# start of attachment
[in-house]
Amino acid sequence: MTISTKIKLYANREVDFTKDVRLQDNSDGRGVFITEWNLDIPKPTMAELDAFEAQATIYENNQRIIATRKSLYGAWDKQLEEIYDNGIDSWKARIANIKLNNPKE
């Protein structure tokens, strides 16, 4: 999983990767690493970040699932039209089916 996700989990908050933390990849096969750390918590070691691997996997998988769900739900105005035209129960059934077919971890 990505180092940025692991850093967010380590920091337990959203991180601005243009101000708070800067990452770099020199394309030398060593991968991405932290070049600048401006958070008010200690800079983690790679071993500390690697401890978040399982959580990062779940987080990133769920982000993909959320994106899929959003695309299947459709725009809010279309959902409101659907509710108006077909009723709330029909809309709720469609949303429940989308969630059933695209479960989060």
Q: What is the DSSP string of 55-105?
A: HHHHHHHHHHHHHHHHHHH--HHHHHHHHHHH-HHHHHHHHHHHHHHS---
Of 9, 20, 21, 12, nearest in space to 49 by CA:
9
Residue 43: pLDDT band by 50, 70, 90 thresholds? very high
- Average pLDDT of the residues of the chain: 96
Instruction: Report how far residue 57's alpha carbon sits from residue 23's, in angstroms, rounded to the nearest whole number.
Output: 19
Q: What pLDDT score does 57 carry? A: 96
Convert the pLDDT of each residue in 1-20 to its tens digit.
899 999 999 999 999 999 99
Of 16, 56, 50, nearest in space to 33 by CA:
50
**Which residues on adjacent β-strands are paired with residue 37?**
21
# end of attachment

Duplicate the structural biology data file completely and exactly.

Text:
[in-house]
Amino acid sequence: MTISTKIKLYANREVDFTKDVRLQDNSDGRGVFITEWNLDIPKPTMAELDAFEAQATIYENNQRIIATRKSLYGAWDKQLEEIYDNGIDSWKARIANIKLNNPKE
């Protein structure tokens, strides 16, 4: 999983990767690493970040699932039209089916 996700989990908050933390990849096969750390918590070691691997996997998988769900739900105005035209129960059934077919971890 990505180092940025692991850093967010380590920091337990959203991180601005243009101000708070800067990452770099020199394309030398060593991968991405932290070049600048401006958070008010200690800079983690790679071993500390690697401890978040399982959580990062779940987080990133769920982000993909959320994106899929959003695309299947459709725009809010279309959902409101659907509710108006077909009723709330029909809309709720469609949303429940989308969630059933695209479960989060």
Q: What is the DSSP string of 55-105?
A: HHHHHHHHHHHHHHHHHHH--HHHHHHHHHHH-HHHHHHHHHHHHHHS---
Of 9, 20, 21, 12, nearest in space to 49 by CA:
9
Residue 43: pLDDT band by 50, 70, 90 thresholds? very high
- Average pLDDT of the residues of the chain: 96
Instruction: Report how far residue 57's alpha carbon sits from residue 23's, in angstroms, rounded to the nearest whole number.
Output: 19
Q: What pLDDT score does 57 carry? A: 96
Convert the pLDDT of each residue in 1-20 to its tens digit.
899 999 999 999 999 999 99
Of 16, 56, 50, nearest in space to 33 by CA:
50
**Which residues on adjacent β-strands are paired with residue 37?**
21